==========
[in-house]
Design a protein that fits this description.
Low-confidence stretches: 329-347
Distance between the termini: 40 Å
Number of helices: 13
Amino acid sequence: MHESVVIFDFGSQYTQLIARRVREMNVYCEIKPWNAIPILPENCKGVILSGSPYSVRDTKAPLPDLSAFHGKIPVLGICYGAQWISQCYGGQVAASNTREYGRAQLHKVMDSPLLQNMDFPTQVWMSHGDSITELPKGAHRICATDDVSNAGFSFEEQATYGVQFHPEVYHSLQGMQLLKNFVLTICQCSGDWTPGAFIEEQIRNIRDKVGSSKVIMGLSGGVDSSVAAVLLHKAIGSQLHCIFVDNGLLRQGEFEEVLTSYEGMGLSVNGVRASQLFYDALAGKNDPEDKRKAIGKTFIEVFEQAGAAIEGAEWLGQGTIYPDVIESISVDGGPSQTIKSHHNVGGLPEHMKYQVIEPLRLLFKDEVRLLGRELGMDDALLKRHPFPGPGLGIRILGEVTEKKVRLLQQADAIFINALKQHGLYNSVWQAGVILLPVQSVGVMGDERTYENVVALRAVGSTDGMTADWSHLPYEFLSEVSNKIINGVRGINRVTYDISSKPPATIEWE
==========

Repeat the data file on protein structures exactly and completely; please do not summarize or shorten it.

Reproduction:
[in-house]
Design a protein that fits this description.
Low-confidence stretches: 329-347
Distance between the termini: 40 Å
Number of helices: 13
Amino acid sequence: MHESVVIFDFGSQYTQLIARRVREMNVYCEIKPWNAIPILPENCKGVILSGSPYSVRDTKAPLPDLSAFHGKIPVLGICYGAQWISQCYGGQVAASNTREYGRAQLHKVMDSPLLQNMDFPTQVWMSHGDSITELPKGAHRICATDDVSNAGFSFEEQATYGVQFHPEVYHSLQGMQLLKNFVLTICQCSGDWTPGAFIEEQIRNIRDKVGSSKVIMGLSGGVDSSVAAVLLHKAIGSQLHCIFVDNGLLRQGEFEEVLTSYEGMGLSVNGVRASQLFYDALAGKNDPEDKRKAIGKTFIEVFEQAGAAIEGAEWLGQGTIYPDVIESISVDGGPSQTIKSHHNVGGLPEHMKYQVIEPLRLLFKDEVRLLGRELGMDDALLKRHPFPGPGLGIRILGEVTEKKVRLLQQADAIFINALKQHGLYNSVWQAGVILLPVQSVGVMGDERTYENVVALRAVGSTDGMTADWSHLPYEFLSEVSNKIINGVRGINRVTYDISSKPPATIEWE